Management information system chap06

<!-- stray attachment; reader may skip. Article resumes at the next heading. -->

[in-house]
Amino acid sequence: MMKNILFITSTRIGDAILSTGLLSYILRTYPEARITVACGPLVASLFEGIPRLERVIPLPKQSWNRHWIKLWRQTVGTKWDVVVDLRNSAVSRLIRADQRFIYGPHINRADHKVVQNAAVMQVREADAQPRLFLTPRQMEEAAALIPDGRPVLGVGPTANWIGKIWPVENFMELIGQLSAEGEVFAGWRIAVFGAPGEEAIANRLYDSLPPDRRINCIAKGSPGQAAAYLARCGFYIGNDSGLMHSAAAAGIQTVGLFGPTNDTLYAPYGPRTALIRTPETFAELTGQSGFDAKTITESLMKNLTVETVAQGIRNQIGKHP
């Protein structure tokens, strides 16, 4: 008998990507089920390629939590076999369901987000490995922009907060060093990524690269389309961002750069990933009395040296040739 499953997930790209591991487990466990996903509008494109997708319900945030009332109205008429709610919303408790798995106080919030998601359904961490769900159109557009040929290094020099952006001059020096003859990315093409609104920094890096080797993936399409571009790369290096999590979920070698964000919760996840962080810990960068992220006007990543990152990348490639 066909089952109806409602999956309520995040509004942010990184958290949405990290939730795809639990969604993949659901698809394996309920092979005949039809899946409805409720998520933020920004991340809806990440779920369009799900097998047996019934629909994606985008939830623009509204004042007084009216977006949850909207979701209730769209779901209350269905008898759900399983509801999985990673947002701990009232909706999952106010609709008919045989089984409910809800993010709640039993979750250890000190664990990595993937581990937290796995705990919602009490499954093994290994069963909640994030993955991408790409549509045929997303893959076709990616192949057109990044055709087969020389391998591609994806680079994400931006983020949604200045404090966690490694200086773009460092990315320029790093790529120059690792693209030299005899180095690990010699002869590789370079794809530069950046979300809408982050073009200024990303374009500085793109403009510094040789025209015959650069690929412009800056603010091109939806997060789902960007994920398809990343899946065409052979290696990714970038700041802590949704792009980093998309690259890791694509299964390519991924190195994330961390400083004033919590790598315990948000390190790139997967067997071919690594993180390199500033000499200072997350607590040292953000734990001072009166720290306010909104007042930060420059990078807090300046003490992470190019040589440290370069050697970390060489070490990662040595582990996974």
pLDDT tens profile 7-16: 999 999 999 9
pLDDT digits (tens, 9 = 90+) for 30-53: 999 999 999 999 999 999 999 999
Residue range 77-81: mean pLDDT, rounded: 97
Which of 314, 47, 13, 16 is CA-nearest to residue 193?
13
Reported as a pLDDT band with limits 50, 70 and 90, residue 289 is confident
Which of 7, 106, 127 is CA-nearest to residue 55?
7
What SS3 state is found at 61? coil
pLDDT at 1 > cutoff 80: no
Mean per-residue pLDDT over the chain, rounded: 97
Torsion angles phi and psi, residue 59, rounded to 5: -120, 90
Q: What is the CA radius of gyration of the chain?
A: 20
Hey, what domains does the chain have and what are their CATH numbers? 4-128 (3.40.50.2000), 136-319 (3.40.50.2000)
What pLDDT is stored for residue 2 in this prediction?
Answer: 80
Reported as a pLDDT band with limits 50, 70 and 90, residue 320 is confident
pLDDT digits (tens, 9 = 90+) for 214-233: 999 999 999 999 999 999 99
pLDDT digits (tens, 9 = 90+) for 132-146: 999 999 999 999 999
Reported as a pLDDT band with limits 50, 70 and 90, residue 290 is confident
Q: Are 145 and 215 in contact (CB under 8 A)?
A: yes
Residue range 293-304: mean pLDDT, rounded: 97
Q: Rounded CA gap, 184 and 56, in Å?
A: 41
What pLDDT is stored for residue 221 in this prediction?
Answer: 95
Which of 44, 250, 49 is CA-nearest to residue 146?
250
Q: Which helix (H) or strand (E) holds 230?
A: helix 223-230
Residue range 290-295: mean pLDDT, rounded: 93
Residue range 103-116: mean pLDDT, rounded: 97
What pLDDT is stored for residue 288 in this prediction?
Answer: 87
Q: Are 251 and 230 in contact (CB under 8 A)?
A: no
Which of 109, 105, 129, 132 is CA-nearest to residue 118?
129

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1. 1 McGraw-Hill/Irwin Copyright 2004, The McGraw-Hill Companies, Inc. All rights reserved. Chapter 6 Enterprise e-Business Systems 2. 2 McGraw-Hill/Irwin Copyright 2004, The McGraw-Hill Companies, Inc. All rights reserved. Learning Objectives Identify and give examples to illustrate the following aspects of customer relationship management, enterprise resource management, and supply chain management systems: Business processes supported Customer and business value provided Potential challenges and trends 3. 3 McGraw-Hill/Irwin Copyright 2004, The McGraw-Hill Companies, Inc. All rights reserved. Section I Customer Relationship Management: The Business Focus 4. 4 McGraw-Hill/Irwin Copyright 2004, The McGraw-Hill Companies, Inc. All rights reserved. Customer Relationship Management Provides customer-facing employees with a single, complete view of every customer at every touch point and across all channels Provides the customer with a single, complete view of the company and its extended channels 5. 5 McGraw-Hill/Irwin Copyright 2004, The McGraw-Hill Companies, Inc. All rights reserved. Customer Relationship Management (continued) CRM.. Integrates and automates many of the customer serving processes Creates an IT framework of Web-enabled software & databases that integrates these processes with the rest of the companys business operations 6. 6 McGraw-Hill/Irwin Copyright 2004, The McGraw-Hill Companies, Inc. All rights reserved. Customer Relationship Management (continued) Includes software modules that provide tools that enable a business & its employees to provide fast, convenient, dependable, consistent service. 7. 7 McGraw-Hill/Irwin Copyright 2004, The McGraw-Hill Companies, Inc. All rights reserved. Customer Relationship Management (continued) Major Application Components Contact & Account Management Helps capture and track relevant data about past and planned contacts with prospects & customers. 8. 8 McGraw-Hill/Irwin Copyright 2004, The McGraw-Hill Companies, Inc. All rights reserved. Customer Relationship Management (continued) Sales Provides sales reps with software tools & company data needed to support & manage their sales activities. Helps optimize cross-selling & up-selling 9. 9 McGraw-Hill/Irwin Copyright 2004, The McGraw-Hill Companies, Inc. All rights reserved. Customer Relationship Management (continued) Marketing & Fulfillment Helps accomplish direct marketing campaigns by automating tasks Helps capture & manage prospect & customer response data Helps in fulfillment by quickly scheduling sales contacts & providing appropriate information on products & services to them 10. 10 McGraw-Hill/Irwin Copyright 2004, The McGraw-Hill Companies, Inc. All rights reserved. Customer Relationship Management (continued) Customer Service and Support Provides software tools & real-time access to the common customer database Helps create, assign, & manage requests for service from customers Call center software Help desk software 11. 11 McGraw-Hill/Irwin Copyright 2004, The McGraw-Hill Companies, Inc. All rights reserved. Customer Relationship Management (continued) Retention and Loyalty Programs Helps the company identify, reward, and market to their most loyal and profitable customers 12. 12 McGraw-Hill/Irwin Copyright 2004, The McGraw-Hill Companies, Inc. All rights reserved. Customer Relationship Management (continued) 13. 13 McGraw-Hill/Irwin Copyright 2004, The McGraw-Hill Companies, Inc. All rights reserved. Customer Relationship Management (continued) Three Phases of CRM Acquire (new customers) By doing a superior job of contact management, sales prospecting, selling, direct marketing, & fulfillment. 14. 14 McGraw-Hill/Irwin Copyright 2004, The McGraw-Hill Companies, Inc. All rights reserved. Customer Relationship Management (continued) Enhance (customer satisfaction) By supporting superior service from a responsive networked team of sales and service specialists. 15. 15 McGraw-Hill/Irwin Copyright 2004, The McGraw-Hill Companies, Inc. All rights reserved. Customer Relationship Management (continued) Retain (your customers) Help identify and reward your most loyal, profitable customers. 16. 16 McGraw-Hill/Irwin Copyright 2004, The McGraw-Hill Companies, Inc. All rights reserved. Customer Relationship Management (continued) Benefits and Challenges Allows a business to identify its best customers Makes possible real-time customization & personalization of products & services based on customer wants, needs, buying habits, & life cycles 17. 17 McGraw-Hill/Irwin Copyright 2004, The McGraw-Hill Companies, Inc. All rights reserved. Customer Relationship Management (continued) Benefits and Challenges (continued) Enables a company to provide a consistent customer service experience Failures Due to lack of understanding & preparation. CRM is not a silver bullet 18. 18 McGraw-Hill/Irwin Copyright 2004, The McGraw-Hill Companies, Inc. All rights reserved. Customer Relationship Management (continued) Trends Operational CRM Analytical CRM Collaborative CRM Portal-based CRM 19. 19 McGraw-Hill/Irwin Copyright 2004, The McGraw-Hill Companies, Inc. All rights reserved. Section II Enterprise Resource Planning: The Business Backbone 20. 20 McGraw-Hill/Irwin Copyright 2004, The McGraw-Hill Companies, Inc. All rights reserved. Enterprise Resource Planning Serves as a cross-functional enterprise backbone that integrates & automates many internal business processes and information systems Helps companies gain the efficiency, agility, & responsiveness needed to succeed today 21. 21 McGraw-Hill/Irwin Copyright 2004, The McGraw-Hill Companies, Inc. All rights reserved. Enterprise Resource Planning (continued) Gives a company an integrated real-time view of its core business processes ERP software suites typically consist of integrated modules of Manufacturing Distribution Sales Accounting Human Resource Management 22. 22 McGraw-Hill/Irwin Copyright 2004, The McGraw-Hill Companies, Inc. All rights reserved. Enterprise Resource Planning (continued) Benefits and Challenges Quality and efficiency Helps improve the quality and efficiency of customer service, production, & distribution by creating a framework for integrating and improving internal business processes 23. 23 McGraw-Hill/Irwin Copyright 2004, The McGraw-Hill Companies, Inc. All rights reserved. Enterprise Resource Planning (continued) Decreased Costs Reductions in transaction processing costs and hardware, software, and IT support staff 24. 24 McGraw-Hill/Irwin Copyright 2004, The McGraw-Hill Companies, Inc. All rights reserved. Enterprise Resource Planning (continued) Decision support Provides cross-functional information on business performance to assist managers in making better decisions 25. 25 McGraw-Hill/Irwin Copyright 2004, The McGraw-Hill Companies, Inc. All rights reserved. Enterprise Resource Planning (continued) Enterprise agility Results in more flexible organizational structures, managerial responsibilities, and work roles 26. 26 McGraw-Hill/Irwin Copyright 2004, The McGraw-Hill Companies, Inc. All rights reserved. Enterprise Resource Planning (continued) Costs of ERP The costs and risks of failure in implementing a new ERP system are substantial. 27. 27 McGraw-Hill/Irwin Copyright 2004, The McGraw-Hill Companies, Inc. All rights reserved. Enterprise Resource Planning (continued) 28. 28 McGraw-Hill/Irwin Copyright 2004, The McGraw-Hill Companies, Inc. All rights reserved. Enterprise Resource Planning (continued) Causes of ERP failures Underestimating the complexity of the planning, development, and training required Failure to involve affected employees in the planning & development phases and change management programs 29. 29 McGraw-Hill/Irwin Copyright 2004, The McGraw-Hill Companies, Inc. All rights reserved. Enterprise Resource Planning (continued) Trying to do too much, too fast Insufficient training Believing everything the software vendors and/or consultants say 30. 30 McGraw-Hill/Irwin Copyright 2004, The McGraw-Hill Companies, Inc. All rights reserved. Enterprise Resource Planning (continued) Trends Flexible ERP Web-enabled ERP Interenterprise ERP E-Business Suites 31. 31 McGraw-Hill/Irwin Copyright 2004, The McGraw-Hill Companies, Inc. All rights reserved. Section III Supply Chain Management: The Business Network 32. 32 McGraw-Hill/Irwin Copyright 2004, The McGraw-Hill Companies, Inc. All rights reserved. Supply Chain Management A cross-functional interenterprise system that uses IT to help support & manage the links between some of a companys key business processes and those of its suppliers, customers, & business partners. Goal is to create a fast, efficient, & low-cost network of business relationships. 33. 33 McGraw-Hill/Irwin Copyright 2004, The McGraw-Hill Companies, Inc. All rights reserved. Supply Chain Management (continued) 34. 34 McGraw-Hill/Irwin Copyright 2004, The McGraw-Hill Companies, Inc. All rights reserved. Supply Chain Management (continued) Electronic data interchange Exchanging business transaction documents over the Internet & other networks between supply chain trading partners 35. 35 McGraw-Hill/Irwin Copyright 2004, The McGraw-Hill Companies, Inc. All rights reserved. Supply Chain Management (continued) The Role of SCM 36. 36 McGraw-Hill/Irwin Copyright 2004, The McGraw-Hill Companies, Inc. All rights reserved. Supply Chain Management (continued) Benefits and Challenges Can provide faster, more accurate order processing, reductions in inventory levels, quicker time to market, lower transaction and materials costs, & strategic relationships with suppliers 37. 37 McGraw-Hill/Irwin Copyright 2004, The McGraw-Hill Companies, Inc. All